Notes Tagged ‘The Mae Shi’

Pitchfork Fest ’09: Do You Realize??

July 21st, 2009

Wayne Coyne and his bubble, albeit always entertaining, was the outlier of Pitchfork’s pushing stride of excellence. First of all, Lollapalooza just pulled that card a few years back.  Second, a 10 p.m. curfew for an was doomed to be unsatisfying. Whatever. Forgiven. The bar on festivals has been raised, before anyone could even get in to Union Park at 1 p.m.

There were collaborations (The Mae Shi and Kid Static), French end-of-the-world dance parties (M83), drummers surrounded in Plexiglass shields, alternative-nation nostalgia (The Thermals), the ethos of emo-shred (Japandroids), a classic rock power hour (Blitzen Trapper), brooding guitars galore with too many Fender strats to count (Frightened Rabbit, The Walkmen, Women, Grizzly Bear), a token “fuck you” hip-hop chant (Pharoahe Monch), and seriously not one belligerent drunk to ruin the painting.

As observed on Saturday, “affirmation” was the word of the weekend.  A show’s only as good as its audience, and taking a handful of acts literally out of their garage element was a gamble, but also a shining nod to P4K’s promoters. Maybe ignorance is bliss, but when a five-year-old child air-guitars with aviator earmuffs aside a forty-year-old father legitimately doing the same thing, that is more than affirmation.

And it was realized everywhere on Sunday, from the reciprocated punk yelps of The Mae Shi at festival kick-off, to the wonderfully twisted stabs of Women’s Velvet Underground folk. Even, I guess, to Coyne and his “She Don’t Use Jelly” sing-a-long, which was probably first assembled in a garage as well.

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Unofficial SXSW ’09: Lost in Texas

March 23rd, 2009

Growing weary of the East side of the city and the hipster shantytown that has begun to develop an invisible belt around Mrs. Bea’s and Todd P happenings, I made it a point that I was going to get super random on day three and blindly attack one of the many warehouse or house parties and get more of a breath of Austin local. The way of music, I pretty much struck out, with every band I saw coming from out of town.  But the caliber of Austin-bred youth that aided in my temporary hitchhiking tactic to get to said parties made up for it, especially the two teenagers who thought I’d be impressed if I watched them snort pills of X off their dashboard.

Though the big pupil fun didn’t happen until the moon came out.  Since I had this plan to get lost come evening, during the day I figured I’d find pockets of free and unofficial in downtown proper.  There was a Swedish and Norway takeover at a creek-side lounge called Habana Calle that drew me in easily, 1.) because Loney Dear was headlining and 2.) because the Swedes are going to Viking-conquer the world if they continue to make indie pop the way they have been.  I spent a little time with a spastic, metal version of the Shout Out Louds, Ungdomskulen, who kept reassuring in broken English that they woke up that morning feeling the proverbial “it,” which turned out to be a healthy relationship with the cowbell, before killing the hour before Loney Dear took the stage, across the street at a tent show featuring a new sludgy guitar buzz band from San Diego, Earthless. As their own entity, they layer guitar squall near My Bloody Valentine ear-bleed level.  But with special guest J. Mascis in tow, they were the ultimate reincarnation of earl-90s fuzz.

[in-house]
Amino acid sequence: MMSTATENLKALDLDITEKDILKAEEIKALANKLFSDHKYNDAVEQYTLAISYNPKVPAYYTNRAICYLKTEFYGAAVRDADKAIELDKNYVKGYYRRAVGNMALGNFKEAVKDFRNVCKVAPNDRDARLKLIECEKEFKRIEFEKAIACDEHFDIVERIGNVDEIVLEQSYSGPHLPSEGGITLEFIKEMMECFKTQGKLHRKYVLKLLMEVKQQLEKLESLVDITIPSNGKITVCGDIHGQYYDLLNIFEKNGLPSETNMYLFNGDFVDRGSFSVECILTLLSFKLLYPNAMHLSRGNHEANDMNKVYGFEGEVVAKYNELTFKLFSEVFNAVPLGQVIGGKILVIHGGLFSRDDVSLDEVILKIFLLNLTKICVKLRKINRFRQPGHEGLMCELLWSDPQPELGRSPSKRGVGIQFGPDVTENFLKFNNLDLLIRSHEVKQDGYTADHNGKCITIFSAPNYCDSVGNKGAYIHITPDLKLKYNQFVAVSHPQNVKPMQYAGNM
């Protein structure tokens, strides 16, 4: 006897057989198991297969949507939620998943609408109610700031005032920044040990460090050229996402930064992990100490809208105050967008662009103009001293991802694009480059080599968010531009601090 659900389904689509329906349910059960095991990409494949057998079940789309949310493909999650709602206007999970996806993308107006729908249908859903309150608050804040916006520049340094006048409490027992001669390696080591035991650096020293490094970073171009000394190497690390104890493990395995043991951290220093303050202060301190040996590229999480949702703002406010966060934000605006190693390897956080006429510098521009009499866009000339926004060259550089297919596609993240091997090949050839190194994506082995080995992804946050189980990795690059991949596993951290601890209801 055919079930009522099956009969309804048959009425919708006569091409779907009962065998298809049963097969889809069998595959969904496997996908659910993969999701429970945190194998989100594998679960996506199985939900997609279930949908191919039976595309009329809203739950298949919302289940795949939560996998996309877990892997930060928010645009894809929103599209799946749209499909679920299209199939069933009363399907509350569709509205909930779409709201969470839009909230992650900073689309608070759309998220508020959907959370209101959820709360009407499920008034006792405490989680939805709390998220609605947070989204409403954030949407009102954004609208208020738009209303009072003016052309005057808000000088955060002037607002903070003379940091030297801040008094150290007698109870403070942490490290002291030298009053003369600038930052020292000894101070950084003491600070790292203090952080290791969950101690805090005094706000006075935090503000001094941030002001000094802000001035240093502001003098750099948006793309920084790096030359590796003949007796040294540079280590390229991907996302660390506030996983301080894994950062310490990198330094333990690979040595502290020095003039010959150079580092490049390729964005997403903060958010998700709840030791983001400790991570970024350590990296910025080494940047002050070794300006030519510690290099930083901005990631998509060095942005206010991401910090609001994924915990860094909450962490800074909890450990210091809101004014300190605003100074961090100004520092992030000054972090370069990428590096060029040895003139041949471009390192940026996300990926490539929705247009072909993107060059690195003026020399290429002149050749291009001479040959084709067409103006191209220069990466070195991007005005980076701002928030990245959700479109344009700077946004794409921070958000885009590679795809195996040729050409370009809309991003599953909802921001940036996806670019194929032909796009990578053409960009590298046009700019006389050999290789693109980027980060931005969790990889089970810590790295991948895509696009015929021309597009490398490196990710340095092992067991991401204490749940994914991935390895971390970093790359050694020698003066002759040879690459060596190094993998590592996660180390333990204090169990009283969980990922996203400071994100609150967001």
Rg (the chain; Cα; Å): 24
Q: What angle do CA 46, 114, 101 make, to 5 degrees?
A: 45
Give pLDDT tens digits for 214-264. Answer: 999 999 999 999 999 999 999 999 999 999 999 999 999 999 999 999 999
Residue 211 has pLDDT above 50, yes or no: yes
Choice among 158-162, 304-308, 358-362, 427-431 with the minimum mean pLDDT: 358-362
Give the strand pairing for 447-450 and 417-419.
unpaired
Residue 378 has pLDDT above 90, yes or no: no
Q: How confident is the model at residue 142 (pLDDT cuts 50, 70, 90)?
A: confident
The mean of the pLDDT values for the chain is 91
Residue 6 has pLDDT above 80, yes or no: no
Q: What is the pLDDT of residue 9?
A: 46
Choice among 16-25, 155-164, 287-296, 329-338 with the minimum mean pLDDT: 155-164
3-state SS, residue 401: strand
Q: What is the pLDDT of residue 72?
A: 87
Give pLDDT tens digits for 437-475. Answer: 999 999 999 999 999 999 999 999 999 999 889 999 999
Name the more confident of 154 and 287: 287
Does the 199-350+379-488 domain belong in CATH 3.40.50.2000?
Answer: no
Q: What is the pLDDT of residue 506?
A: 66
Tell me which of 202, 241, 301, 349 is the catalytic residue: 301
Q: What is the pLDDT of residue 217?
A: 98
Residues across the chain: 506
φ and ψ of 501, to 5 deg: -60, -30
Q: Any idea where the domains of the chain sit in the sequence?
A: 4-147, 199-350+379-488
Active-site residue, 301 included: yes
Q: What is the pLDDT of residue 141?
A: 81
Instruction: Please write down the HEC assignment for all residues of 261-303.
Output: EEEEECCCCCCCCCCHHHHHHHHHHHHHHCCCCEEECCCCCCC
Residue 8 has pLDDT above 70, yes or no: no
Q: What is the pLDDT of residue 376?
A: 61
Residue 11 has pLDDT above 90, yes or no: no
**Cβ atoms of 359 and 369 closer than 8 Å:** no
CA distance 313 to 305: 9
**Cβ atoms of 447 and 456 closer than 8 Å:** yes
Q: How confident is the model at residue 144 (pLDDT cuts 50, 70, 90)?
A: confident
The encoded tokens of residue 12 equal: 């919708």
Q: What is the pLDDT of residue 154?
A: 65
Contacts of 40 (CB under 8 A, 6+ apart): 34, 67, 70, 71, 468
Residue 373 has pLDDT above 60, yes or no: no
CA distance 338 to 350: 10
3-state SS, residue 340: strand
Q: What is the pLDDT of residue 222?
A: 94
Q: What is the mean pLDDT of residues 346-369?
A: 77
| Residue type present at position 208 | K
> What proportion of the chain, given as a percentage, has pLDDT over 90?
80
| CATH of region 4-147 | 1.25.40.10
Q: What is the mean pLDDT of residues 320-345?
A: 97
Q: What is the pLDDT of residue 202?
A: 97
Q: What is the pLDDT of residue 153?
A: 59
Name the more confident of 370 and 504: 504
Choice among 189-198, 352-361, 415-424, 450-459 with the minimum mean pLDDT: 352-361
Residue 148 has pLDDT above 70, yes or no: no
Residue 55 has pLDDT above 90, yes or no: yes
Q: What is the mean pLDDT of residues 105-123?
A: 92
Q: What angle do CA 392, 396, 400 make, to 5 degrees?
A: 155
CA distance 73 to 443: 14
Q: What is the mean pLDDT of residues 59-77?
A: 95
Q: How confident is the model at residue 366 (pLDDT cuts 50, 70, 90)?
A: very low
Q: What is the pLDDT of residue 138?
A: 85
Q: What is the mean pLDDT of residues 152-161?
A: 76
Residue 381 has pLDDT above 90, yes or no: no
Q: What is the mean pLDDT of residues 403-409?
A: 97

No, I didn’t wear earplugs.  And yes, I regret it.  For a good part of the next hour of hitchhiking, I couldn’t discern a car horn from a phone call, let alone enjoy the delicate string arrangements of Loney Dear.  But that subsided by the time I took a breather at a coffee shop and convinced those aforementioned teenagers, just starting their day, to take and accompany me at this warehouse shindig put on by local producer, Scott Jawson.  There were plenty of local bands on the bill, mostly dance rock acts, but a few canceled and I got trapped out in the middle of nowhere with only The Mae Shi (California) to entertain in a two and half hour block.  That’s not to say they killed it. Their brand of strobe-yelp punk threw kids into a hip-shaking fury.  I think I saw my ecstasy friends jump a good four feet in the air during a twee-thrasher called “Run To Your Grave,” the band screaming the chorus to the ceiling – “You’ve got to tear, burn, soil the flesh.  God will do the rest.”

And then with an angular guitar jab it was over.  My phone was dead.  Had no money for a cab.  The ecstasy friends had bolted.  Not that I wanted to get in with a car with them, anyhow, however entertaining it would have been.  Instead I found myself in the company of three lust-for-club girls who would only offer me a ride if I went with them to a dj-throwdown at a gutted Salvation Army building.  Again, it was kind of a NYC-invasion type deal headlined by a slick, greaser-clad spinster dubbed Drop The Lime.  No local talent in sight.  But the dude dropped enough sonic limes to draw hoards of sweaty kids on stage, that knocked the power supply out at least five times, beyond the point of annoying and the straw that prompted an internal, “Screw it, I’m walking home.”

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